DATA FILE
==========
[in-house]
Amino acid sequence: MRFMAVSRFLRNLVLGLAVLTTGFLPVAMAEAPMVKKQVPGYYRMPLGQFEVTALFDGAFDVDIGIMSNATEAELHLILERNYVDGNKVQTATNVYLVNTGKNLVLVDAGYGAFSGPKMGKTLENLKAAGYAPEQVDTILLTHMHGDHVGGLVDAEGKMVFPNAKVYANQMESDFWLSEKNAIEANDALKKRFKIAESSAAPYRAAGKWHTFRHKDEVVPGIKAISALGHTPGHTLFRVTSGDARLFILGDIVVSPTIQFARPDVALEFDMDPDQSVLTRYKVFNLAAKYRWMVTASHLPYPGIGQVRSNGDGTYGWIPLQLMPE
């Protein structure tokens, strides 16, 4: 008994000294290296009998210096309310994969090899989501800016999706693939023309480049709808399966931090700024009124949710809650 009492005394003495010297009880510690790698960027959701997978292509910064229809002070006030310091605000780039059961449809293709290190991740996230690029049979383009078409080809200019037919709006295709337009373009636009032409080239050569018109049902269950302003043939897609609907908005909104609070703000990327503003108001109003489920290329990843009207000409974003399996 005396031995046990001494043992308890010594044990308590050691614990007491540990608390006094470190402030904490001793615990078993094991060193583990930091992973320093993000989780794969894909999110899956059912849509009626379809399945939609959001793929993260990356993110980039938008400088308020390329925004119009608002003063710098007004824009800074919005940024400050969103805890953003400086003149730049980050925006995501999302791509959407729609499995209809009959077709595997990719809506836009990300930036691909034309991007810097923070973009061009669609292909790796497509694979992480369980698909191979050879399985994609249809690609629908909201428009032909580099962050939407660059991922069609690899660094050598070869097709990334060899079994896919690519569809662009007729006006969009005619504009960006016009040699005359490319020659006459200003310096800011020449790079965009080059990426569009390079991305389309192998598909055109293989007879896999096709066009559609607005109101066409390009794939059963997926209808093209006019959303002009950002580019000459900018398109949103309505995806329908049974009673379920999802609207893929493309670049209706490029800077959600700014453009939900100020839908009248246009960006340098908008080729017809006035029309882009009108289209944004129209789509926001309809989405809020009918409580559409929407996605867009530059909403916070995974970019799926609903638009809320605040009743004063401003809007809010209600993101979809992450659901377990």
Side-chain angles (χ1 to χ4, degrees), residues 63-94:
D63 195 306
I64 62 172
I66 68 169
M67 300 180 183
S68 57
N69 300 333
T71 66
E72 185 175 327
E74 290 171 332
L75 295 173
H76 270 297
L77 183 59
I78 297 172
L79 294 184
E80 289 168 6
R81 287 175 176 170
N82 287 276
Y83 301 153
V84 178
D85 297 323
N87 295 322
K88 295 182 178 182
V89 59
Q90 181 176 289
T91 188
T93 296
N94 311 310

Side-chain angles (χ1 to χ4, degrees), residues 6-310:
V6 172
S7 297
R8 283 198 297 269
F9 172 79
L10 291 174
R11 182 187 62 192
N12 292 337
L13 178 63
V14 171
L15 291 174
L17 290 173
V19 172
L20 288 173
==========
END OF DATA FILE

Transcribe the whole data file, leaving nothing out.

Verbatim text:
[in-house]
Amino acid sequence: MRFMAVSRFLRNLVLGLAVLTTGFLPVAMAEAPMVKKQVPGYYRMPLGQFEVTALFDGAFDVDIGIMSNATEAELHLILERNYVDGNKVQTATNVYLVNTGKNLVLVDAGYGAFSGPKMGKTLENLKAAGYAPEQVDTILLTHMHGDHVGGLVDAEGKMVFPNAKVYANQMESDFWLSEKNAIEANDALKKRFKIAESSAAPYRAAGKWHTFRHKDEVVPGIKAISALGHTPGHTLFRVTSGDARLFILGDIVVSPTIQFARPDVALEFDMDPDQSVLTRYKVFNLAAKYRWMVTASHLPYPGIGQVRSNGDGTYGWIPLQLMPE
């Protein structure tokens, strides 16, 4: 008994000294290296009998210096309310994969090899989501800016999706693939023309480049709808399966931090700024009124949710809650 009492005394003495010297009880510690790698960027959701997978292509910064229809002070006030310091605000780039059961449809293709290190991740996230690029049979383009078409080809200019037919709006295709337009373009636009032409080239050569018109049902269950302003043939897609609907908005909104609070703000990327503003108001109003489920290329990843009207000409974003399996 005396031995046990001494043992308890010594044990308590050691614990007491540990608390006094470190402030904490001793615990078993094991060193583990930091992973320093993000989780794969894909999110899956059912849509009626379809399945939609959001793929993260990356993110980039938008400088308020390329925004119009608002003063710098007004824009800074919005940024400050969103805890953003400086003149730049980050925006995501999302791509959407729609499995209809009959077709595997990719809506836009990300930036691909034309991007810097923070973009061009669609292909790796497509694979992480369980698909191979050879399985994609249809690609629908909201428009032909580099962050939407660059991922069609690899660094050598070869097709990334060899079994896919690519569809662009007729006006969009005619504009960006016009040699005359490319020659006459200003310096800011020449790079965009080059990426569009390079991305389309192998598909055109293989007879896999096709066009559609607005109101066409390009794939059963997926209808093209006019959303002009950002580019000459900018398109949103309505995806329908049974009673379920999802609207893929493309670049209706490029800077959600700014453009939900100020839908009248246009960006340098908008080729017809006035029309882009009108289209944004129209789509926001309809989405809020009918409580559409929407996605867009530059909403916070995974970019799926609903638009809320605040009743004063401003809007809010209600993101979809992450659901377990």
Side-chain angles (χ1 to χ4, degrees), residues 63-94:
D63 195 306
I64 62 172
I66 68 169
M67 300 180 183
S68 57
N69 300 333
T71 66
E72 185 175 327
E74 290 171 332
L75 295 173
H76 270 297
L77 183 59
I78 297 172
L79 294 184
E80 289 168 6
R81 287 175 176 170
N82 287 276
Y83 301 153
V84 178
D85 297 323
N87 295 322
K88 295 182 178 182
V89 59
Q90 181 176 289
T91 188
T93 296
N94 311 310

Side-chain angles (χ1 to χ4, degrees), residues 6-310:
V6 172
S7 297
R8 283 198 297 269
F9 172 79
L10 291 174
R11 182 187 62 192
N12 292 337
L13 178 63
V14 171
L15 291 174
L17 290 173
V19 172
L20 288 173